Thursday, September 25, 2008

The Blame Game

Few people blame themselves until they have exhausted all other possibilities. Francis Duffy

Accepting blame is a hard thing to do. I’ve only recently, after 20 some odd years of living, began to start looking at the girl in the mirror while (and notice I said while) placing the blame on someone else. With every action there is a reaction and with every effect there has to be a cause so most of the time when something has “happened” to me in my life I am wise enough now to begin to see the part I played in the series of events. I’m really good at crying the blues. I’m not sorry about that but it is something that I know I do it’s a character trait. I’m the baby of my immediate family and the youngest of most of my first and second cousins and because of this most of my family members especially the men treat me like a baby. I honestly don’t remember when I stopped using that to my advantage out of reflex or purpose but however so, it works when I cry people come running. I think because I’ve been doing this for so long apparently I’m good at it because I have the same effect on boyfriends and friends. Even now with my husband we could fight about something that I’m completely to blame for and I cry damsel in distress and POOF he’s apologizing. But see I realized that this doesn’t necessarily work in my advantage because I can’t grow from that. I hardly ever had to accept blame or fault for my actions, it was always someone else’s fault because they should have been watching me or told me better. I have been taught remorse and humility well, because even though I was raised spoiled my mother and father also raised me with values, but it’s one thing to learn and another to experience.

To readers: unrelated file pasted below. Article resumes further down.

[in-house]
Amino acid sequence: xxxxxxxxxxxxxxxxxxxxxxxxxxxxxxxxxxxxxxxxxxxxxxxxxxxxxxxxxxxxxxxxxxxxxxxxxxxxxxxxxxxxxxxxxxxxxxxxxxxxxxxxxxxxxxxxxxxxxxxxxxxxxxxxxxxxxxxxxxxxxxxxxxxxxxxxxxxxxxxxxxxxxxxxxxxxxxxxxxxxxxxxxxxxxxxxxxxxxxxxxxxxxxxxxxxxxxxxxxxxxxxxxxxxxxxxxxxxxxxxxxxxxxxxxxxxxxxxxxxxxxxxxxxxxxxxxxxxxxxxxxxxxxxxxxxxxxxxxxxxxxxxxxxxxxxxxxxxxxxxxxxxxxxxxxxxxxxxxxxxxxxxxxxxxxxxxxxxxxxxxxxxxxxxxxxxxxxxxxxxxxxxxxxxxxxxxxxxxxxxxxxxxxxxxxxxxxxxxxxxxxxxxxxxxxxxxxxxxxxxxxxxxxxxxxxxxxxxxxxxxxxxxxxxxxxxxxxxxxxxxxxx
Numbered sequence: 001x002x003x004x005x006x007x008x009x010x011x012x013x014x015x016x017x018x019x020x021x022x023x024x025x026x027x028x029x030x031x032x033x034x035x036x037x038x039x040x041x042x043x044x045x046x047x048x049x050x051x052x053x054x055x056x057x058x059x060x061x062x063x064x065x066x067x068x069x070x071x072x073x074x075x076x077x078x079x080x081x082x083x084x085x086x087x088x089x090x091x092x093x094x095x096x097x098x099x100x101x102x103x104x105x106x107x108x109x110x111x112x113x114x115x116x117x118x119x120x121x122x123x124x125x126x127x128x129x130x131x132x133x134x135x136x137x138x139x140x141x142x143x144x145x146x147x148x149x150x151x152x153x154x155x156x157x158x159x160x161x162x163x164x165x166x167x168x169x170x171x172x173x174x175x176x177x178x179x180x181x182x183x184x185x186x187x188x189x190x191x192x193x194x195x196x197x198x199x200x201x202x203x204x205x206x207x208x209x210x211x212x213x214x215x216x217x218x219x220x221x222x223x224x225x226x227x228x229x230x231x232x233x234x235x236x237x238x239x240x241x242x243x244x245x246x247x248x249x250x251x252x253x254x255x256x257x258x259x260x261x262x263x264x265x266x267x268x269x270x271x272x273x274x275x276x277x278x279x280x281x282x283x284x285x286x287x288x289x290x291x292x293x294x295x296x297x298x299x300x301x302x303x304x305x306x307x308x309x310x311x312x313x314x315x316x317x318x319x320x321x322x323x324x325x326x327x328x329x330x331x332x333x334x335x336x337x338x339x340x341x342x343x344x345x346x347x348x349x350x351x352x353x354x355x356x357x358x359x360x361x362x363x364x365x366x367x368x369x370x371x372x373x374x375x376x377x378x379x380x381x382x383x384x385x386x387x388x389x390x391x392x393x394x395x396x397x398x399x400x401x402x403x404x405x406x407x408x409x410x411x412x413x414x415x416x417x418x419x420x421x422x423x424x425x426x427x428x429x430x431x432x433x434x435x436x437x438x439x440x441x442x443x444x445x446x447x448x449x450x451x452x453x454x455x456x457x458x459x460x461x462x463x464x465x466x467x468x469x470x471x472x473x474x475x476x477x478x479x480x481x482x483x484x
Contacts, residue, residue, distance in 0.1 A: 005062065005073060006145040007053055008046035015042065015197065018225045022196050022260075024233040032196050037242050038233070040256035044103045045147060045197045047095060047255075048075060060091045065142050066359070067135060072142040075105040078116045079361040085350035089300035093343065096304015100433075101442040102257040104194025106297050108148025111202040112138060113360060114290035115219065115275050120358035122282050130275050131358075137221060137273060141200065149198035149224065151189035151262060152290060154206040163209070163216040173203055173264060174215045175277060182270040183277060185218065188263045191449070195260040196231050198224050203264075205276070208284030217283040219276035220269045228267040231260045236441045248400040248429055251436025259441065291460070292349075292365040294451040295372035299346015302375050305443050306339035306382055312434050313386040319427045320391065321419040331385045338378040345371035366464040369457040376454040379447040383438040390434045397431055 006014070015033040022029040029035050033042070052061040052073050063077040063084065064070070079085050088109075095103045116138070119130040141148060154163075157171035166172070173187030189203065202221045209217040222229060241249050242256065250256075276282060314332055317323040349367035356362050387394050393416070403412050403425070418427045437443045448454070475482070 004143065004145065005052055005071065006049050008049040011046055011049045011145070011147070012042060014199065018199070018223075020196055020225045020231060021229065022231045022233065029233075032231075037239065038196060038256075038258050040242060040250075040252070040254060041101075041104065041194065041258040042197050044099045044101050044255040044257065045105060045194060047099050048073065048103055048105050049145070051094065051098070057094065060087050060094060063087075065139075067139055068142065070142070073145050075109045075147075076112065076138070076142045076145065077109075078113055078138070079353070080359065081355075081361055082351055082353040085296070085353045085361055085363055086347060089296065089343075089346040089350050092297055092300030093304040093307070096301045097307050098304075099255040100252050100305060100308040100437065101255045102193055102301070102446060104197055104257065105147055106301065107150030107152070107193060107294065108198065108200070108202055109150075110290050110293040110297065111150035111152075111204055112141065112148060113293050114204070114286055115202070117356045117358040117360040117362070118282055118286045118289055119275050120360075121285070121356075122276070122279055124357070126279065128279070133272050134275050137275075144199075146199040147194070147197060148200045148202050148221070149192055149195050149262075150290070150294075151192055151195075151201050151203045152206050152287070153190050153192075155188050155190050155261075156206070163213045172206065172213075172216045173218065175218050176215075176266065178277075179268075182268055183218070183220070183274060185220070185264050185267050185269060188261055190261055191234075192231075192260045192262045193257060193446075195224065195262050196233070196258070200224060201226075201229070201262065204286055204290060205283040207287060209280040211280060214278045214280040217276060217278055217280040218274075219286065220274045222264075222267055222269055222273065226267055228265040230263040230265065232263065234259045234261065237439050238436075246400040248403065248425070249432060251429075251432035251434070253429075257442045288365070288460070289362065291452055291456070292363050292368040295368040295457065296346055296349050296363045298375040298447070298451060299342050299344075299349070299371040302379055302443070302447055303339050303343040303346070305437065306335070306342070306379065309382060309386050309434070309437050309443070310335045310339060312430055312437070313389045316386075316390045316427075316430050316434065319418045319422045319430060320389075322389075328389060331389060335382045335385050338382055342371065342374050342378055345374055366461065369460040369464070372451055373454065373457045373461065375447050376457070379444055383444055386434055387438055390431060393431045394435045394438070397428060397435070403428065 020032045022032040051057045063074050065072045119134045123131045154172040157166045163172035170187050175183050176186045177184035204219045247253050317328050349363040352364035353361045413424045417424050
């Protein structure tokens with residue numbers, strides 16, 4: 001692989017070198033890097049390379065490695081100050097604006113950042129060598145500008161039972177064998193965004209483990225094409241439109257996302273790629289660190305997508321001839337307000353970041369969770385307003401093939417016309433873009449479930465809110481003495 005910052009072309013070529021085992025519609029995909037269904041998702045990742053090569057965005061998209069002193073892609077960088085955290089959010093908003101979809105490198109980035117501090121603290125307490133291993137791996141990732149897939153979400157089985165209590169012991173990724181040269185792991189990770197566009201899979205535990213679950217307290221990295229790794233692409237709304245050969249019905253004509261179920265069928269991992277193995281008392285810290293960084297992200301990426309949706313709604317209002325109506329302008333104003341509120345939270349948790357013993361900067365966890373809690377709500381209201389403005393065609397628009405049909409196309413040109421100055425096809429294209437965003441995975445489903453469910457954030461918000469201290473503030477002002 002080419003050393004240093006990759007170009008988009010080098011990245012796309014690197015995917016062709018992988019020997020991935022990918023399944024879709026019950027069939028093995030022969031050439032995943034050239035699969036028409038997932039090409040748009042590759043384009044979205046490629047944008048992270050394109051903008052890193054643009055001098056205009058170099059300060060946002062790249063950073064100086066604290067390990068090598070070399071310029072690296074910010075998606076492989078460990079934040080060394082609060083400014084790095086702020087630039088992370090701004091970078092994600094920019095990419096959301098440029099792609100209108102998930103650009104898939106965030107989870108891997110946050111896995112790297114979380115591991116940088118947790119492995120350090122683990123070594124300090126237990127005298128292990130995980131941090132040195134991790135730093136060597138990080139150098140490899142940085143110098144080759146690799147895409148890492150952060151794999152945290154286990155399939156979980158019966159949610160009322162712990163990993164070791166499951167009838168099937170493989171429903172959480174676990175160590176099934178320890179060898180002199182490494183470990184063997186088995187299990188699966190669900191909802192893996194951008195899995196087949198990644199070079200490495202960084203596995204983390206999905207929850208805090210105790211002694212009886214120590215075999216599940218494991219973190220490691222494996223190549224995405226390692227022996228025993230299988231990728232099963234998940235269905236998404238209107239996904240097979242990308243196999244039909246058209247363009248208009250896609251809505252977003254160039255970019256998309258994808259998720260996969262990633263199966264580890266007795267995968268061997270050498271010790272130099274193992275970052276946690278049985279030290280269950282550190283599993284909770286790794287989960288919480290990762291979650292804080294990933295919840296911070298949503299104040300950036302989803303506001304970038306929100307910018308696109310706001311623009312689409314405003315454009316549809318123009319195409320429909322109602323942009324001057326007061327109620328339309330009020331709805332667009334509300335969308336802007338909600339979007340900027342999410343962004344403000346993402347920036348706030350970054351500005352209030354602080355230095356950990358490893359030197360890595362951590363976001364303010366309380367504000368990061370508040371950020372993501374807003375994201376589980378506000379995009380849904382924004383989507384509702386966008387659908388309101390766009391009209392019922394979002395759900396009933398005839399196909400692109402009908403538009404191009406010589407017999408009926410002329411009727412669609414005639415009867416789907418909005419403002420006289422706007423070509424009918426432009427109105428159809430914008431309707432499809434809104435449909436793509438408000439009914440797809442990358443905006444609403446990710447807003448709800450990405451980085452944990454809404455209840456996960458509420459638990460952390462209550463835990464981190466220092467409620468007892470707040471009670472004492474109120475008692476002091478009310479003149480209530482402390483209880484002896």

The lessons that I have learned the best have been those that came with living with “tough shit that’s the way it is so deal” situations. The strongest lessons have been those that no body could swoop in and save me from, the ones that I had to deal with and accept the role that I played in their occurrence. Before I fell madly in love with my husband I was extremely guarded and I almost missed my mate because of it. I carried a wall around me because I was so scarred by my ex and the relationship we had. In the 6 years we spent together there were so many fights, cheating, hurtful words and actions and everything that love is not that you can think of. Most of the things were performed by him; I was devoted, dedicated, loyal and even doting at times, accepting everything he did. After so much hurt and embarrassment I finally broke it off and that was that but I still carried around all of the past around me like a shield and trust it was visible for miles, I blamed him for that. We have since dealt with the pass and buried it. I needed to close that off from my heart and with that came a couple conversations with him just getting it all off my chest. He apologized and rightfully so, the person that he was, we were, he isn’t any more and he realizes now he was wrong. But after I gave myself the freedom of forgiving him I came to the realization that I was to blame in the situation as well. When he cheated I could have walked but I stayed. When he did awful things to me that fucked with my spirit and self esteem I could have left him but I didn’t. He told me through his actions with a volume equivalent of him screaming it through a megaphone that he was no good for me and I needed to leave but I didn’t listen, and for that I am to blame. A person can only do to you what you allow, in most situations. But back to the quote that sparked this blog today excepting blame is important but I think there is something purely humane in learning to share the burden in addition to forgiving those who have wronged you.